Biography of Alexander R. Anderson

Alexander R., Anderson, manager and treasurer of the Racine Hosiery Company, has back of him twenty years’ experience in all departments of the mill and is therefore most competent to control the enlarging and developing interests of this concern. The work is thoroughly systematized and everything done in a most methodical manner, so that there is no useless expenditure of time, labor or material. It is a well recognized fact that this economy of forces is the basis of all modern business success.

Mr. Anderson was born in Lewiston, Maine, April 16, 1878, a son of Walter R. and Margaret (Murray) Anderson, both of whom are natives of Scotland, and on leaving the land of hills and heather came to the United States in the spring of 1867. The father has always been engaged in the knitting business save for a period of five years, which he spent in the manufacture of blankets. In 1894 he became a resident of Kenosha, Wisconsin, and has been with the Chicago-Kenosha Hosiery Company for the past twenty-two years, occupying a position of large responsibility, in charge of the finishing and dyeing department. Through the steps of an orderly progression he has worked his way up in business circles and is now a leading figure in the manufacturing interests of Kenosha. Both he and his wife are members of the Presbyterian Church and in the public life of the community he has taken an active and helpful part, serving as alderman of the city and exerting considerable influence over public affairs.

Alexander R. Anderson was a youth of sixteen years at the time of the removal of the family to Kenosha and his education, begun in the schools of the east, was continued in that city. After pursuing a course in the high school he spent two years in the Northwestern University at Evanston, Illinois, devoting his attention to chemistry. His attention was naturally directed into the field in which his father had been so long active and he resolved to qualify for important work of that character by thorough scientific training. He became connected with the Chicago-Kenosha Hosiery Company, with which he continued until 1905, working his way upward through all departments in the mill save the knitting department. In that year he removed to Mankato, Minnesota, where for five years he was in charge of the dyeing and finishing department of the Mankato Mills Company. In 1910 he came to Racine and since the organization of the Racine Hosiery Company, which began operations on the 3rd of September, 1912, he has been the manager and treasurer of the company. From the beginning the new enterprise has prospered. It adopted as its policy that of giving full value and the product of the mills has found a ready sale, owing to the wise management and careful direction of its officers and owners, Mr. Anderson’s father being president of the company, with forty years’ experience back of him to contribute to its success.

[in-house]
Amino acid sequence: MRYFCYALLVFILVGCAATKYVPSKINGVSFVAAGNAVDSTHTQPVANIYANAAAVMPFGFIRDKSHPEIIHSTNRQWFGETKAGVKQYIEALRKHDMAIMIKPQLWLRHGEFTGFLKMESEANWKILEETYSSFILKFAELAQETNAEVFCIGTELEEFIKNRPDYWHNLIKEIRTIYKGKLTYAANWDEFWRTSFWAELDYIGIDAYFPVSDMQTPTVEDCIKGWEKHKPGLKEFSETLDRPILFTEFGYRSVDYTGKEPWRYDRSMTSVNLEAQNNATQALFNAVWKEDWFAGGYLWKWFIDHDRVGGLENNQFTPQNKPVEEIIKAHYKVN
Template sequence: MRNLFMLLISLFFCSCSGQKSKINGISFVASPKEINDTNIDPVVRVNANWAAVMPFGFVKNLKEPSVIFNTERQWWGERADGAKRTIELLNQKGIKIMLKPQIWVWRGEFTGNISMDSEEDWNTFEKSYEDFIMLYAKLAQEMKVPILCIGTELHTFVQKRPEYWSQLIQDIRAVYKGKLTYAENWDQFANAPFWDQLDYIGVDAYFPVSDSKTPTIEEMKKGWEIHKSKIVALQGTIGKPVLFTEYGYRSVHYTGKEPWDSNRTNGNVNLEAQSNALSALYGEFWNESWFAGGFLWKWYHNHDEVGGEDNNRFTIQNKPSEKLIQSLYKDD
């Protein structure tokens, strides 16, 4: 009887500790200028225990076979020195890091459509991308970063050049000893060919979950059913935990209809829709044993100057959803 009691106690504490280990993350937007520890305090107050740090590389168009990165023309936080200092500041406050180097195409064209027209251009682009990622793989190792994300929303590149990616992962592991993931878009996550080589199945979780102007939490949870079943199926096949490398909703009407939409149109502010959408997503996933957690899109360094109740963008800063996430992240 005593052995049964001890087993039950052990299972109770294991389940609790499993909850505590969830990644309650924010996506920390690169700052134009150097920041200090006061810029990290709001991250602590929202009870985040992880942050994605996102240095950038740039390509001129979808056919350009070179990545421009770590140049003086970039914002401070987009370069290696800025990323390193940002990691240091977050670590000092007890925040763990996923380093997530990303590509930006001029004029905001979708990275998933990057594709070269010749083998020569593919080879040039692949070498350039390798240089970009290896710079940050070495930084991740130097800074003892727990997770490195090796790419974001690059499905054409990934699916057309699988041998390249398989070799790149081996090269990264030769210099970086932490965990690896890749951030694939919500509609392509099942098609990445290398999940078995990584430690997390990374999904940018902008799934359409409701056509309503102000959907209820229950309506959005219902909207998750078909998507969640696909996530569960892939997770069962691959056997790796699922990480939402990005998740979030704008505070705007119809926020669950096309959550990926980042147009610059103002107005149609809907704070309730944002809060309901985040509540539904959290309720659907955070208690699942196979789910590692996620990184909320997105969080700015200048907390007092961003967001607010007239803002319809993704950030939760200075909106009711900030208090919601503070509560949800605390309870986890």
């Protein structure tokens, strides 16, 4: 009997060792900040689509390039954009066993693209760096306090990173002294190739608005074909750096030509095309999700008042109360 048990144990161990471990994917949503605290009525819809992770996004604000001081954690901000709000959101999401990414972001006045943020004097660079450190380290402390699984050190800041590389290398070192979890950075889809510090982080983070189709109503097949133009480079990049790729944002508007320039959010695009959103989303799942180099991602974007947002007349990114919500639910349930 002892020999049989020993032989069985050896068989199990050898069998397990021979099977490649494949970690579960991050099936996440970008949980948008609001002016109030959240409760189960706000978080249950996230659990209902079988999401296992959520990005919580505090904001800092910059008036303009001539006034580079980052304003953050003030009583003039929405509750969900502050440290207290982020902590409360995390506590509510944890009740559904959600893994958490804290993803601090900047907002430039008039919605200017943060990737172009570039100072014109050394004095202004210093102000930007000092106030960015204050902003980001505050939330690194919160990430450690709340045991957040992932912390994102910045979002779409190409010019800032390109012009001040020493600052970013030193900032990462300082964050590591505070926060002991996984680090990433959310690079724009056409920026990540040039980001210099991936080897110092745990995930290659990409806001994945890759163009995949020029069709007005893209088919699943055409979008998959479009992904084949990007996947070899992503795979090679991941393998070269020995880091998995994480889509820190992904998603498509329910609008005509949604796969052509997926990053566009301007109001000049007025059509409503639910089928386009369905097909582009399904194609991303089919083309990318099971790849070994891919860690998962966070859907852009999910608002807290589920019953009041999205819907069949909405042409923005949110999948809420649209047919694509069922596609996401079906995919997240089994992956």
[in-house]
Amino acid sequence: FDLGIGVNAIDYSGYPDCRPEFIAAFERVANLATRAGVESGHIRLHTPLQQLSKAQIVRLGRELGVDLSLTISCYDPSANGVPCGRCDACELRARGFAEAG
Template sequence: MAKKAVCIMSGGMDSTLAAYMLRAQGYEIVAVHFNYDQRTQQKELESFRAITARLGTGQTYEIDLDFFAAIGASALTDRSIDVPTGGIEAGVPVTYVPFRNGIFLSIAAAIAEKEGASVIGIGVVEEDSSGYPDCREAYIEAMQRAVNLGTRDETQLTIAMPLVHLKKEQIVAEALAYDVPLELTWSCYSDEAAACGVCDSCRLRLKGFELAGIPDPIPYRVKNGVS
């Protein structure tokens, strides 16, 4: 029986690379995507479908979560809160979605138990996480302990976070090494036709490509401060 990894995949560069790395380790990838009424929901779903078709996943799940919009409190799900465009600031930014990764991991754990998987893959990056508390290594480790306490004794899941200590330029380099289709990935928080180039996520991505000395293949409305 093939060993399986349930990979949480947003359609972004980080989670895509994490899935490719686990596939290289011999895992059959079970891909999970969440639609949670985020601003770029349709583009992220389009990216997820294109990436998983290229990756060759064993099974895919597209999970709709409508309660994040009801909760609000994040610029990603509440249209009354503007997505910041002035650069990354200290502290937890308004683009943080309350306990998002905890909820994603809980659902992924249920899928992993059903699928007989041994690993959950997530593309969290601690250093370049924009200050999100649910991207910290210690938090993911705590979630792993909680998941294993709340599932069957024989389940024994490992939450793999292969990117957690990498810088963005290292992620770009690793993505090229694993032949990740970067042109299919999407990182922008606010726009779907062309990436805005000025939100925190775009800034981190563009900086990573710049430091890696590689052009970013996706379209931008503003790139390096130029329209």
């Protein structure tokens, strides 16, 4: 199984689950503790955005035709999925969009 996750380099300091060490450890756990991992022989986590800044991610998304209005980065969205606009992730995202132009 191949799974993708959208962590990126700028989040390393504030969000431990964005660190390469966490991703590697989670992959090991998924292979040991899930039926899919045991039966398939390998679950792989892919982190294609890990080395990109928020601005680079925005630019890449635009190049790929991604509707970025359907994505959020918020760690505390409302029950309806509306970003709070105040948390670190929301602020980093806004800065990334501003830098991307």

On the 16th of June, 1906, Mr. Anderson was united in marriage to Miss Elsie Margaret Fuller, of Kenosha, her father being William W. Fuller, who is deceased. They now have three children: Elsie Margaret, Walter Willard and Edith Elizabeth. Fraternally Mr. Anderson is identified with the Masons, while his political allegiance is given to the Republican Party. He has comparatively little time for outside interests, yet he is never neglectful of his duties of citizenship or of his obligations in other connections and is appreciative of the social amenities of life. He has won a large circle of warm friends in Racine, as he did in Kenosha and in the other localities where he has lived, and while all appreciate his geniality and unfeigned cordiality, business men also speak of him in terms of the highest regard because of his straightforward methods, which conform in the highest degree to modern ethical, commercial standards.

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Racine County WI,

Racine County Wisconsin History: Racine Belle City of the lakes and Racine County Wisconsin a record of settlement organization progress and achievement. SJ Clarke Pub Co. Chicago. 1916. 1216 pgs.

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